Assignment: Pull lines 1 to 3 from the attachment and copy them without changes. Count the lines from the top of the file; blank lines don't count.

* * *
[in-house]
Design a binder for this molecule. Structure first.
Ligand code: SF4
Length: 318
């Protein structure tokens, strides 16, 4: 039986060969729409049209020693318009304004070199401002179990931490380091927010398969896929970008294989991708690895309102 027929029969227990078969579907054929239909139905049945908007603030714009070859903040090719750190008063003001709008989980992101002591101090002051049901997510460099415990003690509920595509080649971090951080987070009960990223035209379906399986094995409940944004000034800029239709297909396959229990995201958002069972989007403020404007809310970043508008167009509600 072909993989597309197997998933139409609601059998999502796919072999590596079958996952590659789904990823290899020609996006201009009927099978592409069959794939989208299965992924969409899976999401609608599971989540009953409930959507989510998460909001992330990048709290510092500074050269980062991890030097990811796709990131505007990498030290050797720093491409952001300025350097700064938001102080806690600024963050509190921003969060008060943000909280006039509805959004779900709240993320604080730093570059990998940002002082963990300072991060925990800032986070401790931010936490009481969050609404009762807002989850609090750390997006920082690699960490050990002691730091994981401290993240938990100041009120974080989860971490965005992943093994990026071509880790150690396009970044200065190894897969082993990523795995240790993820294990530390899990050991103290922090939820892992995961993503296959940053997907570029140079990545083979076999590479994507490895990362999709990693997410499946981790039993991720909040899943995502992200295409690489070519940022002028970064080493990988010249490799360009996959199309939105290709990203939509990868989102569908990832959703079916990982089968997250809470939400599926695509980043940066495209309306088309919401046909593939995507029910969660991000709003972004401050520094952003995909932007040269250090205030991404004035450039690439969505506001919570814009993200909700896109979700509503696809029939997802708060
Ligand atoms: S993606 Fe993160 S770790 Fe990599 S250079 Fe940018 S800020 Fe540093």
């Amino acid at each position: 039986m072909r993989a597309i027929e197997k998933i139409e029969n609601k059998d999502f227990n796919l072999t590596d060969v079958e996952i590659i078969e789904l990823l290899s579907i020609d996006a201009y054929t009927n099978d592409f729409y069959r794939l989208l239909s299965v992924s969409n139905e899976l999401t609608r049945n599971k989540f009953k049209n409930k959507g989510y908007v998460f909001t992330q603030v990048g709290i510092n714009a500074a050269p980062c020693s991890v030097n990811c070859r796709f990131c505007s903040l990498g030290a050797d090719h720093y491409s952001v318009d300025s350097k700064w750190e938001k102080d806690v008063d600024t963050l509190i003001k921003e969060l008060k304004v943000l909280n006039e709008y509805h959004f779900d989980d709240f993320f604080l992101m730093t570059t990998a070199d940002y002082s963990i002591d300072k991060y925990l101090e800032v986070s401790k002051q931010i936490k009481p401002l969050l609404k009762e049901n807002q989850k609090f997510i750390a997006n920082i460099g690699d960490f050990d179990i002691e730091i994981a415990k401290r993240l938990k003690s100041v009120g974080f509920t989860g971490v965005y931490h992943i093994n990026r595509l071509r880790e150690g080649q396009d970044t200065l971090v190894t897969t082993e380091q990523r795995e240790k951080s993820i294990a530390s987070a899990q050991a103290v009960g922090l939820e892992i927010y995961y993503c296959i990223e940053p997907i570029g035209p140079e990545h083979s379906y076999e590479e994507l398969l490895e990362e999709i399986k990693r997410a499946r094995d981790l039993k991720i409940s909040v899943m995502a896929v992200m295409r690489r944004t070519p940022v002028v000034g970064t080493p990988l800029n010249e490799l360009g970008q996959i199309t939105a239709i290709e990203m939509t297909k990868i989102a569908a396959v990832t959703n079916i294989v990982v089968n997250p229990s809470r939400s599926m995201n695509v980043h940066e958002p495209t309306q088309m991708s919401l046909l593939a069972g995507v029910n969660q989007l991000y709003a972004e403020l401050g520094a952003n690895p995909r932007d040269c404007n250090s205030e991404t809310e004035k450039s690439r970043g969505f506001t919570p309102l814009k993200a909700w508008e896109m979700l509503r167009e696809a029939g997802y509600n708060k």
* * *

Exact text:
[in-house]
Design a binder for this molecule. Structure first.
Ligand code: SF4